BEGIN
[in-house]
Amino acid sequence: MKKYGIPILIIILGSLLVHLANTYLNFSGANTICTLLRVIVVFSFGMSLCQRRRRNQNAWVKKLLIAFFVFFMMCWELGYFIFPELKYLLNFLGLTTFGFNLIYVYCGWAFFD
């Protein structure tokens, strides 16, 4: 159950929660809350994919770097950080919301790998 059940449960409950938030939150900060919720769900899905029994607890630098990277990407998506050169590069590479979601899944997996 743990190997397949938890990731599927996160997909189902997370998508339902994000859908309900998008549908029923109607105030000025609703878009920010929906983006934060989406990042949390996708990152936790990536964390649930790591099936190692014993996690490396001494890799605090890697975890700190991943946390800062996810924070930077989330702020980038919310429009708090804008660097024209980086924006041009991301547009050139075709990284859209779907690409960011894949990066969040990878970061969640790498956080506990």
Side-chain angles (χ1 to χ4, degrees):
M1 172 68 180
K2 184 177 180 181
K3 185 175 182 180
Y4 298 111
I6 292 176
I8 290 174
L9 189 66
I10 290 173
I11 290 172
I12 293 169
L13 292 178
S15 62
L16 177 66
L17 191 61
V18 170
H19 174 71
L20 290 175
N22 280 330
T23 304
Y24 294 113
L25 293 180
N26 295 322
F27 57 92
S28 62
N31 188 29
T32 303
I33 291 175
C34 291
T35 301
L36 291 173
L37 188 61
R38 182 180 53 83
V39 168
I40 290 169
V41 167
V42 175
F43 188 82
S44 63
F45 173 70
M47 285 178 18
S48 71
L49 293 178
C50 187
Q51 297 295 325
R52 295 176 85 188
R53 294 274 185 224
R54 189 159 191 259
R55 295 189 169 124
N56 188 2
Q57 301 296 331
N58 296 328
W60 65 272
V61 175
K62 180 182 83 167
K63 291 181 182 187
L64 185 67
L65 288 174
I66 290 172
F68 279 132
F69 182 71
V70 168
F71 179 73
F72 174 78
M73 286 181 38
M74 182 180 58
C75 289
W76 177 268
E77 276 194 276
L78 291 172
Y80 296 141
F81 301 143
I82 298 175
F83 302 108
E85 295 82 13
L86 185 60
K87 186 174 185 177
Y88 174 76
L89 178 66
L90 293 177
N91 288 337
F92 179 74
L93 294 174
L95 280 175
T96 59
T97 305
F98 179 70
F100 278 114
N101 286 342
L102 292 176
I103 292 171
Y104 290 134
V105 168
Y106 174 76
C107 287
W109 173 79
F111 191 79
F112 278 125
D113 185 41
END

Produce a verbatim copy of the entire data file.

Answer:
[in-house]
Amino acid sequence: MKKYGIPILIIILGSLLVHLANTYLNFSGANTICTLLRVIVVFSFGMSLCQRRRRNQNAWVKKLLIAFFVFFMMCWELGYFIFPELKYLLNFLGLTTFGFNLIYVYCGWAFFD
């Protein structure tokens, strides 16, 4: 159950929660809350994919770097950080919301790998 059940449960409950938030939150900060919720769900899905029994607890630098990277990407998506050169590069590479979601899944997996 743990190997397949938890990731599927996160997909189902997370998508339902994000859908309900998008549908029923109607105030000025609703878009920010929906983006934060989406990042949390996708990152936790990536964390649930790591099936190692014993996690490396001494890799605090890697975890700190991943946390800062996810924070930077989330702020980038919310429009708090804008660097024209980086924006041009991301547009050139075709990284859209779907690409960011894949990066969040990878970061969640790498956080506990």
Side-chain angles (χ1 to χ4, degrees):
M1 172 68 180
K2 184 177 180 181
K3 185 175 182 180
Y4 298 111
I6 292 176
I8 290 174
L9 189 66
I10 290 173
I11 290 172
I12 293 169
L13 292 178
S15 62
L16 177 66
L17 191 61
V18 170
H19 174 71
L20 290 175
N22 280 330
T23 304
Y24 294 113
L25 293 180
N26 295 322
F27 57 92
S28 62
N31 188 29
T32 303
I33 291 175
C34 291
T35 301
L36 291 173
L37 188 61
R38 182 180 53 83
V39 168
I40 290 169
V41 167
V42 175
F43 188 82
S44 63
F45 173 70
M47 285 178 18
S48 71
L49 293 178
C50 187
Q51 297 295 325
R52 295 176 85 188
R53 294 274 185 224
R54 189 159 191 259
R55 295 189 169 124
N56 188 2
Q57 301 296 331
N58 296 328
W60 65 272
V61 175
K62 180 182 83 167
K63 291 181 182 187
L64 185 67
L65 288 174
I66 290 172
F68 279 132
F69 182 71
V70 168
F71 179 73
F72 174 78
M73 286 181 38
M74 182 180 58
C75 289
W76 177 268
E77 276 194 276
L78 291 172
Y80 296 141
F81 301 143
I82 298 175
F83 302 108
E85 295 82 13
L86 185 60
K87 186 174 185 177
Y88 174 76
L89 178 66
L90 293 177
N91 288 337
F92 179 74
L93 294 174
L95 280 175
T96 59
T97 305
F98 179 70
F100 278 114
N101 286 342
L102 292 176
I103 292 171
Y104 290 134
V105 168
Y106 174 76
C107 287
W109 173 79
F111 191 79
F112 278 125
D113 185 41